Many thanks to Jamie Raintree for inspiring this piece with her own on Taylor Swift (yes, I finally admit I am a Swift fan. Not a Swiftie, but a fan). Check out 5 Things Taylor Swift Taught Me About Success.

Is there an artist or entrepreneur that inspires your path to success?

Bonus introduction to one of my favorite tunes from AFP:

Assumptions

WIN_20150224_133715 (2)From my journal:
I live my life based on assumptions.

And that is a chilling way to live. Think about it. Assumptions are idle, lazy things. They don’t even care enough to own up to the fact that they are mostly composed of lies. We blink in their face and they blow smoke in our eyes and up our asses. Like politicians, we too readily accept them at face value and never hold them accountable when things go wrong.

After I wrote this, I wanted to know why I had come to this conclusion and how it was such a destructive force in my life. Assumptions are the white lies we tell ourselves to get from one day to the next. They nestle us in our comfort zones and drain pleasure from the people and things we value. And, if you’re like me, they go unnoticed most of the time.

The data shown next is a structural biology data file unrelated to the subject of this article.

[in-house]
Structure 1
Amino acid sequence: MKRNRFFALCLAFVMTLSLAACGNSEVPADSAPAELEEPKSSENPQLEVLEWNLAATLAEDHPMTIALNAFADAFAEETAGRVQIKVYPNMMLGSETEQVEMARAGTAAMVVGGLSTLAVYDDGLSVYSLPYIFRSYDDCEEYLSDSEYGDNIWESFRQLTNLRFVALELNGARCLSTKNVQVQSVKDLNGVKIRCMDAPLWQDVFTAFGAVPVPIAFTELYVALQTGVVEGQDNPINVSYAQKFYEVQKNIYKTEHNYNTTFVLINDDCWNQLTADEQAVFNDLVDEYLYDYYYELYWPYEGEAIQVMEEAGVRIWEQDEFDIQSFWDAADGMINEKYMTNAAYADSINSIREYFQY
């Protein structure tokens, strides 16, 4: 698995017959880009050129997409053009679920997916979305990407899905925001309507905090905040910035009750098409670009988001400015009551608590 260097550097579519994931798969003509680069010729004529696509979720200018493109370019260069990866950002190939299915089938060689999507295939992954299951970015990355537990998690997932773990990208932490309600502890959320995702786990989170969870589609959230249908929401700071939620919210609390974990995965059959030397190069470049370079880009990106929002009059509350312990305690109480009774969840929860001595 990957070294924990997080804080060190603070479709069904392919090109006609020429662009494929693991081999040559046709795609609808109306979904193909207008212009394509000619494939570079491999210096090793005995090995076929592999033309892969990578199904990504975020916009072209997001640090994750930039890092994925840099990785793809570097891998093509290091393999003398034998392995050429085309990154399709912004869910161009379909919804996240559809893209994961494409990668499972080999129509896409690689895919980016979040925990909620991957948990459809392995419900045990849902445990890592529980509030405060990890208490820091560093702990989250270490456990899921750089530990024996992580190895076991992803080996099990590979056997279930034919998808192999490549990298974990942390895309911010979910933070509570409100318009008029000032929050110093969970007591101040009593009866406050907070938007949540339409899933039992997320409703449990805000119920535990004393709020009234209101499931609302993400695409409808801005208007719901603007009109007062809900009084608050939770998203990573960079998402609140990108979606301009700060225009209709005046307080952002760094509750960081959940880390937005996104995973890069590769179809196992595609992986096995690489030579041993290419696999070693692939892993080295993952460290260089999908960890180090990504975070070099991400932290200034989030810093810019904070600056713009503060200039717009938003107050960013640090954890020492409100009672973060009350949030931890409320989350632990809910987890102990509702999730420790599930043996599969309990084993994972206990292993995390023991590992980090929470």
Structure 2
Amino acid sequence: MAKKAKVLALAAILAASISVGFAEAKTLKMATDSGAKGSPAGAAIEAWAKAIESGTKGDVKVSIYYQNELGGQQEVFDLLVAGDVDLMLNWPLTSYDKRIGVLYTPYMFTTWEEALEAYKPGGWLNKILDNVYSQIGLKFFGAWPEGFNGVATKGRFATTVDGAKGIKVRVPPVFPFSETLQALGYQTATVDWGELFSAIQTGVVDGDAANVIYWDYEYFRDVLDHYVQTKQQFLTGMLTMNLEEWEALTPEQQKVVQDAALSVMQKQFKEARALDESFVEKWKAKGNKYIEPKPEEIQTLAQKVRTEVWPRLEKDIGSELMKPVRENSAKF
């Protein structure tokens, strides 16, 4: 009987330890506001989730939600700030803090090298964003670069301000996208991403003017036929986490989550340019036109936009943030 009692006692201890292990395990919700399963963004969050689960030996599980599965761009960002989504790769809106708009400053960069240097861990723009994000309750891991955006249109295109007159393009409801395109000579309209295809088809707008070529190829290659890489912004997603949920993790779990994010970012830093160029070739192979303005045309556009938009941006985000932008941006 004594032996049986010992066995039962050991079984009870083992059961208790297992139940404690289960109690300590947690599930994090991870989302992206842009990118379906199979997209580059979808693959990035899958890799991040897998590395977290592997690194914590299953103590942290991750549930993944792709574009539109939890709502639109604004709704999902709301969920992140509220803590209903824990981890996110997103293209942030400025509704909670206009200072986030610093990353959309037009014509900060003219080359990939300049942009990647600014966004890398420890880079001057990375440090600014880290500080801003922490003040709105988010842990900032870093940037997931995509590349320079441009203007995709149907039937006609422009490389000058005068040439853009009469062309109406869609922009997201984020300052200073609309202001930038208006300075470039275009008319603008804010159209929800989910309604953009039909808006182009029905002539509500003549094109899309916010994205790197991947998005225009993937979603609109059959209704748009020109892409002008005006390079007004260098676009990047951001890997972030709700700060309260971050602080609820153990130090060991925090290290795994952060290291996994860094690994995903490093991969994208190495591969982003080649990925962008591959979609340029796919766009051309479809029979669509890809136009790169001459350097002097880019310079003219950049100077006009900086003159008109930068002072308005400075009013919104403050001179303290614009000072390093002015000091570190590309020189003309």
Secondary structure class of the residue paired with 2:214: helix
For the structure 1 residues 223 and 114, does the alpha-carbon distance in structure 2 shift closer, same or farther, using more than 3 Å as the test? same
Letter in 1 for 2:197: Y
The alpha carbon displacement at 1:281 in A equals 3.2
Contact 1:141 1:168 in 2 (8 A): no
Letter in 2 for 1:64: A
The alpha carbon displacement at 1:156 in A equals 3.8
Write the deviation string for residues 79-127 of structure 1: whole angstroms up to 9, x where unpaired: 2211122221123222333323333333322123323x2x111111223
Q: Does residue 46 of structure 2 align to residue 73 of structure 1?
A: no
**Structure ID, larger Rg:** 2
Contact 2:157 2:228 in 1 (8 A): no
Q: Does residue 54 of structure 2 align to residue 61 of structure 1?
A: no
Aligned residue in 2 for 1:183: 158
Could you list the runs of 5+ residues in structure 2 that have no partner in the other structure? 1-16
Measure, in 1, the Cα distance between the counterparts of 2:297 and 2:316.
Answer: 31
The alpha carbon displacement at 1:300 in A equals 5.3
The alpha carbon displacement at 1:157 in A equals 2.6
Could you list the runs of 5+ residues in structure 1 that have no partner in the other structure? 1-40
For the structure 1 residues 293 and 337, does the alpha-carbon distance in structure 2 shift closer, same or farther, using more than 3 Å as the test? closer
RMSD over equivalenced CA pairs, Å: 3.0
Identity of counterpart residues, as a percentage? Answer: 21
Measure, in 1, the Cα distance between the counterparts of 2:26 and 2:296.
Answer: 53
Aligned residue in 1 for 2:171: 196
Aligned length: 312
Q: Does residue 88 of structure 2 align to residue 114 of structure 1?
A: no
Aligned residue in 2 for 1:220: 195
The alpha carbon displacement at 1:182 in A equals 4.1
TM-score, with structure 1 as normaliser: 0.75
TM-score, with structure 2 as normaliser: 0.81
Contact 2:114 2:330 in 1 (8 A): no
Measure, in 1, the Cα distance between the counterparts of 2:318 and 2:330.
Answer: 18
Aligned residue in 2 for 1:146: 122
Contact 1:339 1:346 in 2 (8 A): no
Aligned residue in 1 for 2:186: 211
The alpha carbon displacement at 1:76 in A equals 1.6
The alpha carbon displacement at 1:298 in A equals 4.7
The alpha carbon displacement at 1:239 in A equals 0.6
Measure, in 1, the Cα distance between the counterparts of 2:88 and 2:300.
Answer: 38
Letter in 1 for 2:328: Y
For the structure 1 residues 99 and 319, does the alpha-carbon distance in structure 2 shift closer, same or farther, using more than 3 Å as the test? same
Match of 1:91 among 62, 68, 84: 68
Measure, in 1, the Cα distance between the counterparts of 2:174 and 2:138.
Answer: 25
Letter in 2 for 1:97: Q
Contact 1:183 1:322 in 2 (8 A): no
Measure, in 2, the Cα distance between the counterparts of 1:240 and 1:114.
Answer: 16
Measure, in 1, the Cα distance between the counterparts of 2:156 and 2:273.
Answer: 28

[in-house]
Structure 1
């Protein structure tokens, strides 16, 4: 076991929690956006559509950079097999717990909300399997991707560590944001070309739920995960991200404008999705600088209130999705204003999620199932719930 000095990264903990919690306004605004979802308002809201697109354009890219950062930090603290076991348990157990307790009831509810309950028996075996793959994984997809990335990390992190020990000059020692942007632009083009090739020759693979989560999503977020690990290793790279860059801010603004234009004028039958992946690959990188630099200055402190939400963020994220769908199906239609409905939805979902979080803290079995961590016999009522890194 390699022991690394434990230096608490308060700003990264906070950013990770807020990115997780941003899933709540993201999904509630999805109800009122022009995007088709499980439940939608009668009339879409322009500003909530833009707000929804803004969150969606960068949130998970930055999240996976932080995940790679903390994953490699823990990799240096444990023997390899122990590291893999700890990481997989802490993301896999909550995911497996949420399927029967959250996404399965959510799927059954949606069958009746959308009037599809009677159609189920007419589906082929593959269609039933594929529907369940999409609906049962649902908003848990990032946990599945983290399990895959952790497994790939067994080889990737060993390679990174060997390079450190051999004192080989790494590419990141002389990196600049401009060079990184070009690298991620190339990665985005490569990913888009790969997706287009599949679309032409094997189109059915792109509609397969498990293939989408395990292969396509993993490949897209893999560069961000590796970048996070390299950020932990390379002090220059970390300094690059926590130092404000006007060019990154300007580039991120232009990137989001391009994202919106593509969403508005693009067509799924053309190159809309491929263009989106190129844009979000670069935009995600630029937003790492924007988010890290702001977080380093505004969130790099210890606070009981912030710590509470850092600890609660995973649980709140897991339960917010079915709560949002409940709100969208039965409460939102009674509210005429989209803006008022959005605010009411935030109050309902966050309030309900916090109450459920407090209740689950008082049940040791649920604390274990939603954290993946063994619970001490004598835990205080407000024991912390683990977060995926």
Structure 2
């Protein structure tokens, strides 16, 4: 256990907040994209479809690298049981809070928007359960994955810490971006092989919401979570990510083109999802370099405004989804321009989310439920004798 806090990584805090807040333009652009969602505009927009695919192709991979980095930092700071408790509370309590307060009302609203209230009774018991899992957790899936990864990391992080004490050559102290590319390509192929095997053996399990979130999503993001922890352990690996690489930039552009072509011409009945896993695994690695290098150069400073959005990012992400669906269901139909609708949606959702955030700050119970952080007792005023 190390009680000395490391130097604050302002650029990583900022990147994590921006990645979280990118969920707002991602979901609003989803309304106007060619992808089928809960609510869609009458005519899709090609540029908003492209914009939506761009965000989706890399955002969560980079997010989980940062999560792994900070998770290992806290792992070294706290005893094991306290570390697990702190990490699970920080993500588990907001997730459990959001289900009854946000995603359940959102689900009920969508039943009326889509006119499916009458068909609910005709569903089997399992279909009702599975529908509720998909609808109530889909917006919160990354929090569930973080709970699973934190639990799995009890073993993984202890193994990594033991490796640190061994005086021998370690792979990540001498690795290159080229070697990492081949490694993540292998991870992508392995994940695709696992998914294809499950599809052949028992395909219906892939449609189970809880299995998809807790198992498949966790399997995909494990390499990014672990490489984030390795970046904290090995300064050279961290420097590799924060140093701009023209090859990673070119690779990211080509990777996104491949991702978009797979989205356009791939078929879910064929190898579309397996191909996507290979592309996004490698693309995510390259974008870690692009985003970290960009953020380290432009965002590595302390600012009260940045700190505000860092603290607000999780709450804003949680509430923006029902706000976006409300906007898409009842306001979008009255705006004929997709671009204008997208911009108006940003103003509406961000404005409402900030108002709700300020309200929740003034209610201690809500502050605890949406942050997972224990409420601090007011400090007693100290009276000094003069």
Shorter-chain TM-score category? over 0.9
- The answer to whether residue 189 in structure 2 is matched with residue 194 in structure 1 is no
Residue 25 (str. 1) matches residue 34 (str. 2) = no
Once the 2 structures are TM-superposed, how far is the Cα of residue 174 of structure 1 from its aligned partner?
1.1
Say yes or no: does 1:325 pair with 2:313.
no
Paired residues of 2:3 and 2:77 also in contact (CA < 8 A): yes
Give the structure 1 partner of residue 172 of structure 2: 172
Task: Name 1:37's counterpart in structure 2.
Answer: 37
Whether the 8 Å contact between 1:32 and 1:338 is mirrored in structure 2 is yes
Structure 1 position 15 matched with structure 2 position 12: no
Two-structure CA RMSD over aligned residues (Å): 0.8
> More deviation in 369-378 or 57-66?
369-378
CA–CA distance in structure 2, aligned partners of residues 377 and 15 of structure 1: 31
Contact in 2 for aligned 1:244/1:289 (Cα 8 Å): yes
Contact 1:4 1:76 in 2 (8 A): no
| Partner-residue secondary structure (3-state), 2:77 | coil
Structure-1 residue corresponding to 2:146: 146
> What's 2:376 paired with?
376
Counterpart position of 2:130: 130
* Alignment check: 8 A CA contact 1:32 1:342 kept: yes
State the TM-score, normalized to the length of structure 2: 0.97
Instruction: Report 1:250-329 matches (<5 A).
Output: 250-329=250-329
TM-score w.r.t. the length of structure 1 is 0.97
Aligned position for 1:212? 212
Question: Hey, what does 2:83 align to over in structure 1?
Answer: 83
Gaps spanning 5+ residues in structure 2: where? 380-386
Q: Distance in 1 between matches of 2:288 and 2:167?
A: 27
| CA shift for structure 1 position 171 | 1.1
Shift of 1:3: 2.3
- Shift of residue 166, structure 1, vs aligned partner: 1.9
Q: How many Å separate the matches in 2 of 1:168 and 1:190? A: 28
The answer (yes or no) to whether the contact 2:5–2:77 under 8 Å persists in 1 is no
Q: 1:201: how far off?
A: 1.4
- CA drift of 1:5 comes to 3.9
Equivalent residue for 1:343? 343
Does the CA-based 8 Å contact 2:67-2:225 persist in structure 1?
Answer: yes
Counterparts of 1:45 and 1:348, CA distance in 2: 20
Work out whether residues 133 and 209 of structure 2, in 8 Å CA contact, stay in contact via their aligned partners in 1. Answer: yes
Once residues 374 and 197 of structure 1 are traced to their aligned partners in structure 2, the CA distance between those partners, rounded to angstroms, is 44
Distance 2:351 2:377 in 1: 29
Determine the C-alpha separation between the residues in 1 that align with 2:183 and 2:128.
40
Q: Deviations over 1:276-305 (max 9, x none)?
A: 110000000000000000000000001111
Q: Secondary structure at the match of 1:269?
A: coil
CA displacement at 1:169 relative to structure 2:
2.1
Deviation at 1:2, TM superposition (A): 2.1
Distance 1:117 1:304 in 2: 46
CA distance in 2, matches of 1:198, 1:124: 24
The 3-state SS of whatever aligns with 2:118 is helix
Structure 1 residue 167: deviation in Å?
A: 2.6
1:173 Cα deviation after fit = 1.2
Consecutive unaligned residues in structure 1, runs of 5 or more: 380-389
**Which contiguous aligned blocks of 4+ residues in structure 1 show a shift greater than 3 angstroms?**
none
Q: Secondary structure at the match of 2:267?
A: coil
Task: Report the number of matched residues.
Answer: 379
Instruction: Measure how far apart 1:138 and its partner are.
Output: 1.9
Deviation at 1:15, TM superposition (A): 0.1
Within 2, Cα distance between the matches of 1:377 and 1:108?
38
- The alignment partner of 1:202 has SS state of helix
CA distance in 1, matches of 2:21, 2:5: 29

At the end of a little introspection, I came up with three ways hidden assumptions affect me and possible courses of action I can take to make some serious positive changes.

1. I keep asking the same questions.

All of my self-doubts were the same old questions buzzing around my head for months. I kept looking for new ways to approach these doubts and questions instead of realizing I was asking the wrong questions to begin with. Plan of action: Focus on brainstorming different ways of looking at dilemmas. Instead of meditating on my options (which freezes me into complete lack of any action),decide on a course of action and go through with it.

2. Even after experience has taught me otherwise, I’m afraid to be vulnerable around people and tend to say what I think others want to hear instead of standing ground on my beliefs or feelings.